The Truth About Business Travelers: I Am Pleasantly Surprised!

Traveling a lot for work recently has provided me with some unique opportunities to observe people. There are lots of stories and jokes and stereotypical characteristics about road warriors – people who travel a lot on business – and I expected to run into a lot of confirming examples. But what I’ve discovered is the few are creating an image to the detriment of the many. Here are 5 debunked myths about road warriors that may surprise you:

1. They enjoy freedom from the office while on the road. Quite the contrary, 80% to 90% of all the business travelers I see are working while traveling. They are talking quietly on the phone with conference calls while waiting in the airport, they pull out their laptops or tablets and start working as soon as we hit 10,000 feet in the air. Most business travelers are quite literally tethered to their offices and they don’t waste time hanging out or lolly gagging around. They are working.

2. They enjoy chatting about where they’ve been and how important they are at work. OK, so there are a few braggarts running around out there, but most of this behavior is seen only in the movies. Sure, rookies may fall into this trap for a little while but the vast majority of business travelers keep to themselves and work. The bad mannered folks fluffing their plumage at anyone who will listen are few and far between. You could be sitting next to a CEO or an Entrepreneur who makes 7 figures and you probably won’t know it. I really believe most business travelers see travel time as their own time to work and think with minimal interruptions.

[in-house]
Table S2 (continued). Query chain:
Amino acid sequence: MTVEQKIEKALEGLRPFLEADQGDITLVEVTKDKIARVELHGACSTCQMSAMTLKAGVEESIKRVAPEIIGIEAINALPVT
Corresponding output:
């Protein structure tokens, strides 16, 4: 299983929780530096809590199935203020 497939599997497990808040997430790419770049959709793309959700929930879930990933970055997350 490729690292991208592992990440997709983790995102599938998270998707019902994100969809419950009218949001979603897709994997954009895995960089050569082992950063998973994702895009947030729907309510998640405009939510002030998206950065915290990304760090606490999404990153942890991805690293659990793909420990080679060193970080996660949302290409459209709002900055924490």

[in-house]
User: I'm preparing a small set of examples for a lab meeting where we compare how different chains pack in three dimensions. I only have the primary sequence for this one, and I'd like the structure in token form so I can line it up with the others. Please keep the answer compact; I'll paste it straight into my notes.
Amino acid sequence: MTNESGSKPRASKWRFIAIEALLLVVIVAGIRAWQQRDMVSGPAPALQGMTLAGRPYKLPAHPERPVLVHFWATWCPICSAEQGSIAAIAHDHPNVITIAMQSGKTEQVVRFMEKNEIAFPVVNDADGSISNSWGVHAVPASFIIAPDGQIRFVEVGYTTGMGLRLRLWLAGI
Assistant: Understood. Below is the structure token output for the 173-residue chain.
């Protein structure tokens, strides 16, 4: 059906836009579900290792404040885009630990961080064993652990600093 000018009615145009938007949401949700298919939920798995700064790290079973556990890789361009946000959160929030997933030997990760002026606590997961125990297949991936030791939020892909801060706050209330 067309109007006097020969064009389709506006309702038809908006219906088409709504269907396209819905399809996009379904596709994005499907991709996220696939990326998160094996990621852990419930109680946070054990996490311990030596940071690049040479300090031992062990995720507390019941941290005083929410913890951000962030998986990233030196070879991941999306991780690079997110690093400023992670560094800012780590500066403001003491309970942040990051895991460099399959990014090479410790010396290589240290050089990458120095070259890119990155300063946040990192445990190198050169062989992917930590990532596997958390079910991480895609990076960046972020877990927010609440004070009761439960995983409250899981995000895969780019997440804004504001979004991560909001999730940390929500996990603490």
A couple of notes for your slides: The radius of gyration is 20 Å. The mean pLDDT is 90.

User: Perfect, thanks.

3. They are rude. We’ve all heard the stories. I’ve witnessed a few business folks behaving in ways that would embarrass the crud out of their mothers, but on the whole the vast majority of business travelers I’ve seen recently have been considerate of the people around them. They talk in low voices while on the phone, they follow the FAA rules about electronic equipment usage, they patiently wait in line for the family with 3 kids, 7 bottles of water, 6 roller bags and a stroller to clear security. They don’t usually push and shove to get in or out of a line. And they don’t demand special attention from gate agents, flight attendants, hotel staff, or drivers. The rudest travelers I’ve observed lately have been folks on vacation.

4. They get to eat in fancy restaurants every night. I suppose some could afford it, but the reality is the fancy restaurants are an exception for the practiced business traveler. The rookies may try this for a while, but they learn pretty quickly that fancy meals and late nights make working on the road miserable. Most business travelers eat at the hotel where they are staying or a local take out. They are focused on getting something to eat, getting work prepared for the next day and getting some sleep. People who don’t travel a lot find it hard to believe but when you are on the road what you get hungry for is a simple meal like you can easily fix at home.

5. Business travel is glamorous. Yes, there are perks like frequent flyer miles and hotel points. But business travel is a lot about waiting to get where you are going, fitting in as much business as you can while you are there, and then going home. Its airports and hotels and offices and meetings. There’s very rarely time for sightseeing. Most experienced business travelers treat the travel as a normal part of their day – just a long commute. Interestingly, I think business travelers tend to be more focused on getting the job done while they are traveling so that they can relax when they go home.

Whether you are an entrepreneur or a corporate exec, your ability to expand your impact in the world is enhanced by business travel. It’s nice to know that most of the fellow travelers you’ll meet on the road are just regular people focused on doing a good job. Sure, there will be the occasional twit and some pretty funny stories to share, but most of it is routine as you join the ranks of the polite, yet focused business travelers.Visit https://idolabet.net to find out more regarding agen sbobet online